There were a lot of layers to my dad. He could be reserved and soft spoken. He could be loud and opinionated. He loved his spy novels, but he also loved vintage comedy, which seemed as funny to him in the moment as it did when he first saw it decades ago. Almost every situation was ripe for a wry comment or observation. I remember him telling me that on his final day of work, when he finally retired from United Mental Health, Inc., he marked the end of the day – and really, the end of an era – by marching a toy robot out of his office to indicate that he was about to leave.
If he really found something hilarious, he would let fly with a raspy laugh that sounded like metal rake being dragged across cement – a Shanley family trait which I heard coming from my aunt Mary Jeanne many times as well.
When I was in college I frequently came over for Sunday dinner and Pop often slipped me a couple dollars. “Don’t tell your mother,” he’d say. And he didn't say this because Mum would object to me getting the money. It might have been her idea, for all I know. “Don’t tell you mother,” was a line from a comedy routine by Shelley Berman, based on a conversation he had with his father.
I discovered this comedy bit through my folks. In it, Berman recounts how he wanted to join his friends at acting school and needed to ask his dad for the money to do it. Too afraid to ask him in person, he calls his day at work – at a delicatessen. On a Saturday, the busiest day of the week.
You hear the phone conversation only on the father’s side. He’s already mad that he’s being pulled away from work, and he gets even madder when he hears that his son wants money for acting school - something he consider frivolous.
But as the conversation goes on, he gets his son to commit to working in the shop and he’ll give him the money, including “a Christmas bonus,” which is why the Jewish father tells him, “don’t tell you mother.”
In the set-up of the routine, Berman jokes about his dad but also defends him, saying he’s a good person. And you hear that as the bit proceeds. The father’s anger turns to support – even if he thinks his son is crazy, he’ll be there for him, reminding him, “No matter what happens, here, you’ll always a home.” I love this comedy routine because in addition to being funny it’s also poignant – a homage to his dad.
I once had a phone call with Pop that I feel paralleled Berman’s. I was taking a class in college that I thought I was going to fail and I wanted to drop it. But I was worried about how that was going to affect my financial aid. So I figured I’d call the house and get some perspective – from my mother. If I talked to Pop, I figured I’d be in trouble.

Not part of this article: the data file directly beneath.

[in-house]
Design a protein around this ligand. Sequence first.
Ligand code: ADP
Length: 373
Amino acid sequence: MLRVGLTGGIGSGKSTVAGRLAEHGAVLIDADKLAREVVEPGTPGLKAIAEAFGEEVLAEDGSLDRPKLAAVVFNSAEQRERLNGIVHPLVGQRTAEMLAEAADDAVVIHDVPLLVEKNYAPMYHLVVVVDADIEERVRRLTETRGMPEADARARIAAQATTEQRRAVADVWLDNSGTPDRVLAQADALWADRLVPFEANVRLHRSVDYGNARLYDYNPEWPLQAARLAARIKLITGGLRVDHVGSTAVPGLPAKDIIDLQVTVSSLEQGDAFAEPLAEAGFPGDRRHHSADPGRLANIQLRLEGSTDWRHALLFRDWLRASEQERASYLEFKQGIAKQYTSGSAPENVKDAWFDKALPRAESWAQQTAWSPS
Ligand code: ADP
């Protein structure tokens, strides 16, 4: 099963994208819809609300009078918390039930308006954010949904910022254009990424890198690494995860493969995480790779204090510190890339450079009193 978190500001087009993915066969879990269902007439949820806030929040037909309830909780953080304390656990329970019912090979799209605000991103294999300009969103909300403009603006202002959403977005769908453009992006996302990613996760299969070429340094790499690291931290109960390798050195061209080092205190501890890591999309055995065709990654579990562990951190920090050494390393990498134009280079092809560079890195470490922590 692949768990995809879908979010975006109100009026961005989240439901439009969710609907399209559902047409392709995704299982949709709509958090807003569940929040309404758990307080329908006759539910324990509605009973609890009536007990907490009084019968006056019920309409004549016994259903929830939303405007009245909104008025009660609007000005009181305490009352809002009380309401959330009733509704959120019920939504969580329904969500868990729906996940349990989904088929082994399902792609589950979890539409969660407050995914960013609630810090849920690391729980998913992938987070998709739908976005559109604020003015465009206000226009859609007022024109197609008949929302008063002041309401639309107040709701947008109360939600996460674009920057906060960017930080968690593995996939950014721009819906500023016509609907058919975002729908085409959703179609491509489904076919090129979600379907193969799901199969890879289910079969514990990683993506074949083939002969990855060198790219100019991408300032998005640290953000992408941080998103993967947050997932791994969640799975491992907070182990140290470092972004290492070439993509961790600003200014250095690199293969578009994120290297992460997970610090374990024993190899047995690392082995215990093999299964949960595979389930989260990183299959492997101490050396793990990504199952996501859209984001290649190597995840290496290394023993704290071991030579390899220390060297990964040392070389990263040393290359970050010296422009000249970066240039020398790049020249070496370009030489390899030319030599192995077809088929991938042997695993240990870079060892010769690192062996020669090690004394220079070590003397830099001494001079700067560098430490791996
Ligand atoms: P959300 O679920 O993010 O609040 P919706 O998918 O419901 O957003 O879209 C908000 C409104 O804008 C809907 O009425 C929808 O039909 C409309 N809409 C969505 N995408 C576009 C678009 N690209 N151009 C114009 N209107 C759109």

I called my parents’ house – and Pop picked up. Here it comes, I thought. He’s going to give it to me.
I told him what was going on. I couldn’t hack the class. I was afraid I was going to fail. What do I do?
Much to my surprise – and relief – Pop was cool. And empathetic. Don’t give up. Talk to your professor. If you’re straight with her, she ought to understand.
He went on to explain that when he was going to Duquesne, he had a similar experience. He was working overnights at the J&L mill, going to school by day and needed to talk to a prof, and the two worked things out. In talking about his combination of school and work, he had to lighten the mood with a joke, “You get a difference perspective on things when you have three squealers at home,” which affectionately referred to my three older brothers.
I knew that he had worked overnights and had gone to school during the day. But it never occurred to me why up until that point. That was what you did to support your family. The weekend performances at Churchill Valley Country Club – it wasn’t just a music gig, even if the band really swung. It was to support the family.
The impact of what he said on the phone that day might not have been immediate but I did realize at some point that if he could do all that, one anthropology class is nothing for me. I could pull myself up by my bootstraps and work a little harder. And I did. And I got an A. When I told him that, he said, “See I told ya.” And it wasn't a patronizing thing. It was said with that mischievous look in his eye, that had wisdom with it.
Sometimes the things that you learn from your parents are not the things they say to you directly. They’re the things you discover after they’ve put you on the path of your life. The in-between things that you don’t even realize at the time.
There were a lot qualities that my dad possessed. One of the biggest ones was that he was deep.